Elevated TNF-α levels in serum and broncho-alveolar lavage fluid of acute lung injury patients correlate with mortality rates. We hypothesized that pharmacological plasma membrane potential (Em) hyperpolarization protects against TNF-α-induced CCL-2 and IL-6 secretion from human pulmonary endothelial cells through inhibition of inflammatory Ca2+-dependent MAPK pathways. Since the role of Ca2+ influx in TNF-α-mediated inflammation remains poorly understood, we explored the role of L-type voltage-gated Ca2+ (CaV) channels in TNF-α-induced CCL-2 and IL-6 secretion from human pulmonary endothelial cells. The CaV channel blocker, Nifedipine, decreased both CCL-2 and IL-6 secretion, suggesting that a fraction of CaV channels is open at the significantly depolarized resting Em of human microvascular pulmonary endothelial cells (−6 ± 1.9 mV), as shown by whole-cell patch-clamp measurements. To further explore the role of CaV channels in cytokine secretion, we demonstrated that the beneficial effects of Nifedipine could also be achieved by Em hyperpolarization via the pharmacological activation of large conductance K+ (BK) channels with NS1619, which elicited a similar decrease in CCL-2 but not IL-6 secretion. Using functional gene enrichment analysis tools, we predicted and validated that known Ca2+-dependent kinases, JNK-1/2 and p38, are the most likely pathways to mediate the decrease in CCL-2 secretion.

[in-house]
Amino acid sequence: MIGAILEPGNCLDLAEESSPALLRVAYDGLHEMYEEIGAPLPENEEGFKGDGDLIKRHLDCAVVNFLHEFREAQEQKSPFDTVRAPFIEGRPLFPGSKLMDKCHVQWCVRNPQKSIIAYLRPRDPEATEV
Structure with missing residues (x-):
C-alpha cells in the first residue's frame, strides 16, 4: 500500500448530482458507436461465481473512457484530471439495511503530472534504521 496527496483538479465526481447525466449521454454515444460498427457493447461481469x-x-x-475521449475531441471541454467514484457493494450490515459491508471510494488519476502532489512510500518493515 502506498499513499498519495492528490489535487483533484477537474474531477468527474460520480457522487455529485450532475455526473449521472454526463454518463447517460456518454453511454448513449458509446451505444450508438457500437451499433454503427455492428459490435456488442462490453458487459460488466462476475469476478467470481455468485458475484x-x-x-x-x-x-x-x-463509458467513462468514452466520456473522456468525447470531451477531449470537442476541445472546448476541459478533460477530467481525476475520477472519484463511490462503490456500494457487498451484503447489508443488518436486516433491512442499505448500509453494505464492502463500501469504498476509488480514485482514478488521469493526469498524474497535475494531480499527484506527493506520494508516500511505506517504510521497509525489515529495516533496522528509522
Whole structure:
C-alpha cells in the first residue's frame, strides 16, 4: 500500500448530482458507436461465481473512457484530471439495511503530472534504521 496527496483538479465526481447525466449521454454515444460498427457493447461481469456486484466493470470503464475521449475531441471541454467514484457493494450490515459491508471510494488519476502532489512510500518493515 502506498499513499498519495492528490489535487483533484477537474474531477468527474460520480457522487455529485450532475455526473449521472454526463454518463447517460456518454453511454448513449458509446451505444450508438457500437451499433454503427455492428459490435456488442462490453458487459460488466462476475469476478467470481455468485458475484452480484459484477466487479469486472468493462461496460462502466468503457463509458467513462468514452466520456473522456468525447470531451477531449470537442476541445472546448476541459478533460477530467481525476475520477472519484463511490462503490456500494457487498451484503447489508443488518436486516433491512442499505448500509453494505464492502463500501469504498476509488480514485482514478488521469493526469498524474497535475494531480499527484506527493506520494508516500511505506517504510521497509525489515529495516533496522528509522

- L-type voltage-gated Ca channels
- endothelial cells
- large conductance K channels
- lung inflammation
- pathway analysis